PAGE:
City chicks and urban roosters

No doubt these beauties at Firefly Distillery on Wadmalaw Island in South Carolina are “rural” chickens.. The population of the island is around 2500 , but places that serve food (restaurants, fast food) are not allowed.

I heard a rooster crow this morning on my walk and paused to wonder if he would be considered an urban chicken. After all, I live in an unincorporated part of the county, though the population is somewhere between sixteen and twenty thousand. But, alas, it is the county. Thankfully, Gulf Breeze “proper” (population 6000) lets us borrow their name, but we have to use our own zip code. In my short morning walk I passed five other walkers (three dogs in tow), a school bus (thirty kids in tow), one cyclist and a jogger, confirming my belief that I lived in civilization. But my four-year-old granddaughter Keaton told me she has to go through a long forest to get to my house. So, I guess the rooster I heard must be a “rural” rooster.

My grandmother raised “rural chickens,” right there in a fenced chicken yard on the far side of the house. That was before chickens were chi-chi and municipalities were writing rules and issuing permits for urban chickens. Like today’s urban farmers, my grandmother raised chickens for eggs – eggs that tasted like eggs ought to taste. But unlike today’s urban chicken farmers, Mawmaw knew a good roasting hen when she saw it and knew how to wield a hatchet. Chicken gumbo for Sunday lunch?

About thegumbodiaries

On the search for the perfect gumbo!
This entry was posted in Dear Diary (Gumbo Experiences)... and tagged , , , , . Bookmark the permalink.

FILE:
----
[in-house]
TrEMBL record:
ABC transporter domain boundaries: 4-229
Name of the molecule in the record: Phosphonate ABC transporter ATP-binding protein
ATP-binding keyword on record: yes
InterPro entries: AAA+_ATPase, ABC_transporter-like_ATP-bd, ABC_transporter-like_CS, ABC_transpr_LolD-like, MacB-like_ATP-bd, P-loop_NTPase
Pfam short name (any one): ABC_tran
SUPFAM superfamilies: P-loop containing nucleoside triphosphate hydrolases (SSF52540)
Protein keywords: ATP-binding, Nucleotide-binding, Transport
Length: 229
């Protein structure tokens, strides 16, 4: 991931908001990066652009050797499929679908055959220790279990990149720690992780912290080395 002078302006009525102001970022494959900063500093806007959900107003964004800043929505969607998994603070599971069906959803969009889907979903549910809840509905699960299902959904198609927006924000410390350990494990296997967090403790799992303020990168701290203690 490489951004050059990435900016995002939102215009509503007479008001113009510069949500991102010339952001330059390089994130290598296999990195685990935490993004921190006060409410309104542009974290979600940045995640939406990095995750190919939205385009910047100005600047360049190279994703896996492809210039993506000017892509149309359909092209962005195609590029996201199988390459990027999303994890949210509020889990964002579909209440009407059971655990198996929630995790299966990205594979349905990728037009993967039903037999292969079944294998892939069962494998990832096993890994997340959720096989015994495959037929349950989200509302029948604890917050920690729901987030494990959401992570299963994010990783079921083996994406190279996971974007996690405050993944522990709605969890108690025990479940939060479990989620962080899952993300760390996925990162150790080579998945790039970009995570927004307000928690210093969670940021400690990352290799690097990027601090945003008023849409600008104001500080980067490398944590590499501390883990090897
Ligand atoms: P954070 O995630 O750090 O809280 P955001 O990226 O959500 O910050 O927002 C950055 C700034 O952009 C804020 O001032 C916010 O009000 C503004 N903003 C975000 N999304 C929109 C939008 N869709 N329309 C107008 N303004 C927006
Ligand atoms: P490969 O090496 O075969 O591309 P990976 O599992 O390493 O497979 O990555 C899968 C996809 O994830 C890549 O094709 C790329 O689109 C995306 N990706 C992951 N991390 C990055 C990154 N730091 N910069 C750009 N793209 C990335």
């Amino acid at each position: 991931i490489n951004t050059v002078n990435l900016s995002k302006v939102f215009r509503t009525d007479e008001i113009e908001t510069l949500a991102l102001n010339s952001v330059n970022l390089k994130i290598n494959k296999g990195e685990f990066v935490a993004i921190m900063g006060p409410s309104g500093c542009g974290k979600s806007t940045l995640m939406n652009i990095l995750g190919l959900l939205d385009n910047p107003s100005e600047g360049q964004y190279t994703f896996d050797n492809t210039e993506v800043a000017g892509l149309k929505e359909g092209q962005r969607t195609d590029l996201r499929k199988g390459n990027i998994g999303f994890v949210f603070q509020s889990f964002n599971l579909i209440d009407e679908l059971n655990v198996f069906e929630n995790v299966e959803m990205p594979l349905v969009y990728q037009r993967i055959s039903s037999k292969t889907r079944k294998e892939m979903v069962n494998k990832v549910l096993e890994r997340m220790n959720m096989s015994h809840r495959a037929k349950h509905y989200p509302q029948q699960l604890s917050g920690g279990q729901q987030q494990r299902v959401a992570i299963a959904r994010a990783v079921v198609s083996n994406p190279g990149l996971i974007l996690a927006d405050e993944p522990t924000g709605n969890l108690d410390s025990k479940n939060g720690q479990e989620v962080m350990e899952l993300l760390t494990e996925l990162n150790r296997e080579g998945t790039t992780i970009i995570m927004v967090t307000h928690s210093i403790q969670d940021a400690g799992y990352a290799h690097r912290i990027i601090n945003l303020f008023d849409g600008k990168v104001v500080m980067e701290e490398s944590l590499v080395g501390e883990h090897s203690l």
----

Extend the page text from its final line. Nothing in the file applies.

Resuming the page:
3 Responses to City chicks and urban roosters

  1. jozokan says:

    There’s nothing quite like living in Gulf Breeze Improper! Love the blog 🙂


  2. Sandy says:

    There are some areas around my neighborhood that still have cattle, horses, and even burros. I haven’t seen or heard any chickens yet; even if there are any around, they’ll be glad to know I don’t own a hatchet. Chicken gumbo sounds good, though.



  3. Scott says:

    That’s funny–I hadn’t thought of urban chickens being “chi chi” now!

    When I was in high school in Mobile, I raised chickens for a while. It was a fascinating experience.
    Sure enough, we had real eggs from the hens (although the brown-shelled eggs were quite novel to us); and I killed and plucked some of them for food (using a cleaver), though they never tasted very good after I’d seen them flop across the backyard headless!

    I had a blue Andalusian rooster that was downright frightening! Very territorial. Every time I entered the pen, he’d come after me, and try to spur me. And I’d climb up a dogwood tree to get away!

    It was altogether fun, though despite (or perhaps because of) these misadventures! Eventually, however, some malcontent at the other end of our street called the police and complained about my rooster’s morning crowing (which was not excessive at all)–and I had to get rid of the chickens, since we lived inside the city limits.

    In today’s Orwellian society, there’s definitely something wrong with someone who is disturbed by the sound of a rooster crowing, a distant train whistling, or frogs chirping!


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